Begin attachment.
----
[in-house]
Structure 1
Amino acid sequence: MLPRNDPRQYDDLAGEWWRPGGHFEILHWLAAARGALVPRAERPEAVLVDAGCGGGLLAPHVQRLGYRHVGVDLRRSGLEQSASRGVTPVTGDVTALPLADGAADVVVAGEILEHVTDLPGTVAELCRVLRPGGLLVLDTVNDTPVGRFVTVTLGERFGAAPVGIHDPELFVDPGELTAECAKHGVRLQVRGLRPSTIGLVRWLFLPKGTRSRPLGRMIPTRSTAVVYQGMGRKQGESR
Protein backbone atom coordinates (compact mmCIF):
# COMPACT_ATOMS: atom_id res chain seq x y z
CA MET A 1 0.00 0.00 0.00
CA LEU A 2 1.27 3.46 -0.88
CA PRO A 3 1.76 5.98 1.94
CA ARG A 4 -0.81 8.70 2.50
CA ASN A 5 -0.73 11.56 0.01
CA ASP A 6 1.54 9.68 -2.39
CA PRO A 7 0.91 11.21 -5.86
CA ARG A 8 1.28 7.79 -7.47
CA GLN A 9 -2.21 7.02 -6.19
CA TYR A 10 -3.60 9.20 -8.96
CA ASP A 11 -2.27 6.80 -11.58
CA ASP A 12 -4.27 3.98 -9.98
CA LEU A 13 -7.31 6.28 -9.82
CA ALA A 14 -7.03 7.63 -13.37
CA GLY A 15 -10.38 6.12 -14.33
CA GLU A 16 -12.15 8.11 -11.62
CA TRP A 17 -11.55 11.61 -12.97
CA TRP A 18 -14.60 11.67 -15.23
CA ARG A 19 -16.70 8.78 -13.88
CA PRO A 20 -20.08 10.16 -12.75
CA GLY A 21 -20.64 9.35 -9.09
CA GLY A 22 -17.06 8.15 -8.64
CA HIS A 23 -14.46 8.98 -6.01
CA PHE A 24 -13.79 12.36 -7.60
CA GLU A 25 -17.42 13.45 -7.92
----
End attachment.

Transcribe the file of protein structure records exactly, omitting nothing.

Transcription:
[in-house]
Structure 1
Amino acid sequence: MLPRNDPRQYDDLAGEWWRPGGHFEILHWLAAARGALVPRAERPEAVLVDAGCGGGLLAPHVQRLGYRHVGVDLRRSGLEQSASRGVTPVTGDVTALPLADGAADVVVAGEILEHVTDLPGTVAELCRVLRPGGLLVLDTVNDTPVGRFVTVTLGERFGAAPVGIHDPELFVDPGELTAECAKHGVRLQVRGLRPSTIGLVRWLFLPKGTRSRPLGRMIPTRSTAVVYQGMGRKQGESR
Protein backbone atom coordinates (compact mmCIF):
# COMPACT_ATOMS: atom_id res chain seq x y z
CA MET A 1 0.00 0.00 0.00
CA LEU A 2 1.27 3.46 -0.88
CA PRO A 3 1.76 5.98 1.94
CA ARG A 4 -0.81 8.70 2.50
CA ASN A 5 -0.73 11.56 0.01
CA ASP A 6 1.54 9.68 -2.39
CA PRO A 7 0.91 11.21 -5.86
CA ARG A 8 1.28 7.79 -7.47
CA GLN A 9 -2.21 7.02 -6.19
CA TYR A 10 -3.60 9.20 -8.96
CA ASP A 11 -2.27 6.80 -11.58
CA ASP A 12 -4.27 3.98 -9.98
CA LEU A 13 -7.31 6.28 -9.82
CA ALA A 14 -7.03 7.63 -13.37
CA GLY A 15 -10.38 6.12 -14.33
CA GLU A 16 -12.15 8.11 -11.62
CA TRP A 17 -11.55 11.61 -12.97
CA TRP A 18 -14.60 11.67 -15.23
CA ARG A 19 -16.70 8.78 -13.88
CA PRO A 20 -20.08 10.16 -12.75
CA GLY A 21 -20.64 9.35 -9.09
CA GLY A 22 -17.06 8.15 -8.64
CA HIS A 23 -14.46 8.98 -6.01
CA PHE A 24 -13.79 12.36 -7.60
CA GLU A 25 -17.42 13.45 -7.92